Sun safety is for farmers, too

·4 min read
Haley Zynda
Haley Zynda

We just celebrated the summer solstice, meaning we are officially in summer (although the steamy temps have suggested we were there long ago).

Outdoor recreationalists are known to be strong supporters of sunscreen, with many sunscreen companies even offering “sport” varieties that are sweat-and waterproof for over an hour. However, it’s important that even we agriculturalists make sure to protect ourselves from the sun.

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Long-term exposure to the sun without skin protection can lead to a variety of skin cancers, the leading form of cancer in humans. Basal and squamous cell skin cancer is the most common, with about 80% of skin cancers diagnosed as basal cell cancer.

This equates to about 5.4 million cases per year (cancer.org). It typically occurs on areas of the body most commonly exposed to the sun, such as the head, nose and neck. Fortunately, basal and squamous cell skin cancer is highly treatable by removing the patch of affected skin. Very few deaths occur from this kind of skin cancer.

On the other hand, a less common form of skin cancer, melanoma, is much more deadly. It accounts for 1% of skin cancer diagnoses, or about 100,000 cases per year (cancer.org).

Each year, about 7,600 people will die from melanoma. Caucasians have a greater risk factor than African Americans, and on average, men are more likely to be affected than women.

Melanoma one of the most common cancers in people younger than 30

Melanoma is actually one of the most common cancers in people younger than 30 years of age, too (cancer.org). Doing mole checks can be a way to monitor yourself if you have risk factors for melanoma or have noticed new blemishes on your body. Using the ABCDE rule, you can check new moles for melanoma risk: asymmetry, border, color, diameter, and evolving.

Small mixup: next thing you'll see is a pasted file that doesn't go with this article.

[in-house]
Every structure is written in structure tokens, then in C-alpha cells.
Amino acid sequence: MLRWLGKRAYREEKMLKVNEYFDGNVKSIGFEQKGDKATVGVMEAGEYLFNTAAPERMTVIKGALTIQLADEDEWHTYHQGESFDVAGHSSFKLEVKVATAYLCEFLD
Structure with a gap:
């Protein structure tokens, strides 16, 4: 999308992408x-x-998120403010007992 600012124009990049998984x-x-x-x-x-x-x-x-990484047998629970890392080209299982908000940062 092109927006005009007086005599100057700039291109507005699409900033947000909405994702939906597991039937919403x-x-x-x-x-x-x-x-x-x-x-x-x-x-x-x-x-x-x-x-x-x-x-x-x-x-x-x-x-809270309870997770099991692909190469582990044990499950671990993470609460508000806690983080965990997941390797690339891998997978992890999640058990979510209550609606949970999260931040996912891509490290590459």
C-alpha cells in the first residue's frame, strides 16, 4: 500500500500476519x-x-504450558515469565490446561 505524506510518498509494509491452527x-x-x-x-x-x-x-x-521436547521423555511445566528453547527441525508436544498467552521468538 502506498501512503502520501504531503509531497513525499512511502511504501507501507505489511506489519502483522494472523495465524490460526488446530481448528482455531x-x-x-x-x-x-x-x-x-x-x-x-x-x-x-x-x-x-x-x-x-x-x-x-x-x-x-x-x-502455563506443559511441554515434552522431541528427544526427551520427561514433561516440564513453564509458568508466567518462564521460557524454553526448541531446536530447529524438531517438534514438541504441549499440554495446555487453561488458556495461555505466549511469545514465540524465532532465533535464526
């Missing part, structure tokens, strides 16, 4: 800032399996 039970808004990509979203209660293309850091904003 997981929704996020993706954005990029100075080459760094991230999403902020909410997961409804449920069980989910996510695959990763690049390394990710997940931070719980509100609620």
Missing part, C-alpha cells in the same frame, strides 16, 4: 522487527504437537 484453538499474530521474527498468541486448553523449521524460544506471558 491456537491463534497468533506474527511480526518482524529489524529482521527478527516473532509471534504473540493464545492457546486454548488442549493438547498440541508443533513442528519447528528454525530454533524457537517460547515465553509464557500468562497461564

Malignant moles may have asymmetrical halves, a jagged border, off or uneven coloring, a diameter greater than that of a pencil eraser, and may change characteristics over time. However, there are always exceptions to the rule. Other warning signs include wounds that don’t heal, oozing, redness, itchiness or pain of bodily blemishes (cancer.org).

While we are all able to get skin cancer, some folks have higher risk factors aside from skin tone. Those of us with naturally blonde or red hair and freckles need to be extra careful in the sun (I always have sunscreen with me).

Some medications may increase sensitivity to UV light as well, such as antibiotics, cholesterol-controlling medications, and antihistamines (fda.gov).

If you have a condition that compromises your immune system, you may also be at a higher risk. Lastly, family history of melanoma can also be a risk factor for this type of skin cancer.

Prevention of skin cancer

Prevention of skin cancer is a one step process – protect your skin from the sun. I’m not suggesting we sit inside all the time, sun exposure is actually very important for vitamin D activation in our body. Aside from that, it’s also hard to farm from the couch. Using sunscreen generously with at least 30 SPF can protect up to 97% UVA and UVB rays.

Remember, sunscreen does have an expiration date, so the tube of Coppertone that’s been rolling around in the farm truck for the past five years probably isn’t cutting it anymore. Use a lip balm with SPF as well to prevent sunburned lips. Ballcaps are good to keep sun off your face, but consider a hat with a brim that goes all the way around the head, or a drape to cover your ears and neck.

Physically covering skin with clothing also works, but can get very hot. Some companies make lightweight long-sleeve tees that have built-in UV protection. I usually refer to them as sun shirts (common in the equine world) and they are very comfortable to wear, even in 90-degree weather.

Sun protection is for everyone who spends a lot of time outdoors, farmers included. Make sure to stock up on sunscreen (or zinc cream if you’re especially at risk or zealous about skin protection), lip balm, and hats and I’ll see you in the field!

Haley Zynda is an OSU Extension Agriculture and Natural Resources Educator and may be reached at 330-264-8722 or zynda.7@osu.edu

This article originally appeared on The Daily Record: Farmers should be vigilant about sun protection